It’s been a little while since I’ve watched any short films but I had a few link sent to me last week so I thought I’d cast my ever-beady eye over them to see what treasures might be unearthed. As ever, click on the ‘film’ tag to see more short films.
First up was Babysitting, written by Lucan Toh and Sam Hoare and also directed by the latter, but most attractive for its cast including Romola Garai, Dan Stevens and Imogen Stubbs. And from its opening shots of a bedraggled Garai and a super-glam Stubbs, it is rather a bundle of subversive fun. There’s a bit of a twist to the title that I won’t reveal here but it is one that sends Garai’s Maggie on a bit of a journey, where she bumps into arrogant ex Spencer, Stevens in fine West London toff mode and her priorities are pulled skewiff as old feelings rise to the surface. The pair are well-matched and amusingly styled and if the film as a whole comes across as a little slight, it is highly entertaining.
Sue Dunderdale’s Mine was undoubtedly a grim affair – an urban tale of racial and sexual disharmony set in Kentish Town which probably reflects a lot of what life feels like for the youth of the area but made for sometimes hard viewing. The bond between Milly and Thomson is tested first by the difficulties that her mother has with their interracial relationship but then further stretched to horrific near breaking point by the actions of his friends. It is bleak and obdurate in its portrayal of the cheerlessness of inner-city life and the everyday image with which Dunderdale frames both the beginning and the end has a powerful recognition which grows to become highly ominous.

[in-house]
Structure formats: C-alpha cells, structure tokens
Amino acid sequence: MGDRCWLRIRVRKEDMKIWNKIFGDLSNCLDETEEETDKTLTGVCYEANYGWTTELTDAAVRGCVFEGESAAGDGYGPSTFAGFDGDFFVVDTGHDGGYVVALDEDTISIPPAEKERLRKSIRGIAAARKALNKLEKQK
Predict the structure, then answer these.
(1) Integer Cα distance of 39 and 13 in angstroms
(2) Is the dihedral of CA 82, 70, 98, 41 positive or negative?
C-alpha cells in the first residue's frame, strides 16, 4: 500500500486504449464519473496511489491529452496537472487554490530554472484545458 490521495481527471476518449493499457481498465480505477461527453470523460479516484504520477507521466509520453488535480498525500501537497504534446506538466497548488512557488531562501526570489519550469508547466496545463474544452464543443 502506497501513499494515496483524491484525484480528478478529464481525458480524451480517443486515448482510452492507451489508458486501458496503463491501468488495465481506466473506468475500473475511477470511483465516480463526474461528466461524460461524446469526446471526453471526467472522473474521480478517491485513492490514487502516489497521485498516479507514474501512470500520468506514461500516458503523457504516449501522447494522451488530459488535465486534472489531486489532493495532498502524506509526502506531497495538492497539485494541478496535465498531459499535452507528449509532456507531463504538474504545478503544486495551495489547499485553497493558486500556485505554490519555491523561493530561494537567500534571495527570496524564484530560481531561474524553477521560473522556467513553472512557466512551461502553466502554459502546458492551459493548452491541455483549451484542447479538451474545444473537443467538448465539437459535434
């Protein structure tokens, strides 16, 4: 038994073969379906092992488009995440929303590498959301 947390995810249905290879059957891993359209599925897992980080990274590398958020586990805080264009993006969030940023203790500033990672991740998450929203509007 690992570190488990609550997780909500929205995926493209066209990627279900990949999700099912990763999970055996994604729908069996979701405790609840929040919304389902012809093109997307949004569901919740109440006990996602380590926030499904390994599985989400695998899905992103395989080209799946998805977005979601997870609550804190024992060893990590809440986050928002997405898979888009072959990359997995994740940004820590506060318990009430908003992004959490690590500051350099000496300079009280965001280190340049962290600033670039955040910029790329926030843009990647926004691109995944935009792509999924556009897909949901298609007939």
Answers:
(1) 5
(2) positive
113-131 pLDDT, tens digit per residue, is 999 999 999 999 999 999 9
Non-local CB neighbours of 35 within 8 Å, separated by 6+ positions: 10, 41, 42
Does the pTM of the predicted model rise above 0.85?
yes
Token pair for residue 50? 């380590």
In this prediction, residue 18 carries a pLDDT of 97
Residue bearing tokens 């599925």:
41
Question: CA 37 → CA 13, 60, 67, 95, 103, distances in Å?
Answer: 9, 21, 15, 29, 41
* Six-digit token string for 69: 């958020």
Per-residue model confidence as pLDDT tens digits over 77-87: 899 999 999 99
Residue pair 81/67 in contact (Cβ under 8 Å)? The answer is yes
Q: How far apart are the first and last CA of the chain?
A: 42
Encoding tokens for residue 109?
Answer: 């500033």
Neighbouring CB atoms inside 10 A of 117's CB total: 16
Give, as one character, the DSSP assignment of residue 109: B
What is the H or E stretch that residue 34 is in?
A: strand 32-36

Best is a short but sweet film which was originally penned by Adam Brace for the Royal Court’s 100 words season where people were invited to submit plays that were 100 words in length. Consequently it is only a couple of minutes long but packs in some highly sexy romance in the few moments before a wedding will considerably change the relationship between these two people. There’s some properly fizzing chemistry between Terry Doe and Jotham Annan and director William Oldroyd is unafraid of getting right in the middle of their business with some uncompromising up-close camera-work. Perhaps not one to watch with your mother.
Written, directed and produced by Leon Lopez, Hiding in the Shadows is an emotionally raw two hander between an (allegedly) ex-junkie and his former partner as he makes tentative steps to recovery by confronting the anguish of the shared past between them, which was blighted by his addiction and failure to kick it. Craig Stein is all therapy-speak and apologetic mumbling in the face of Francesca Jackson’s world-weary executive who’s heard it all before yet sees the signs that maybe something is different this time. Lopez’s hand-held approach has a great immediacy which works well with the film though I found the score a little insistent and indeed oppressive during some moments – I’m not sure it needed such accompaniment as it is a strong little piece of drama in its own right.
As last up, recommended by a kind commenter and Tom Mison fan, was Steve. Rupert Friend certainly used the top end of his little black book to cast this film, Now-ex-girlfriend Keira Knightley (doing an accent, one that sounds a lot like Kelly McDonald) and Tom Mison are a yuppie couple, squabbling but essentially loved up in their cushy flat but plagued with visits from their increasingly obnoxious neighbour, an impressively sociopathic Colin Firth. Friend employs some lovely touches throughout, in the inventive way the credits are done, the counterpointing of the sounds in the kitchen and with actors like this, it is luxuriously good fun.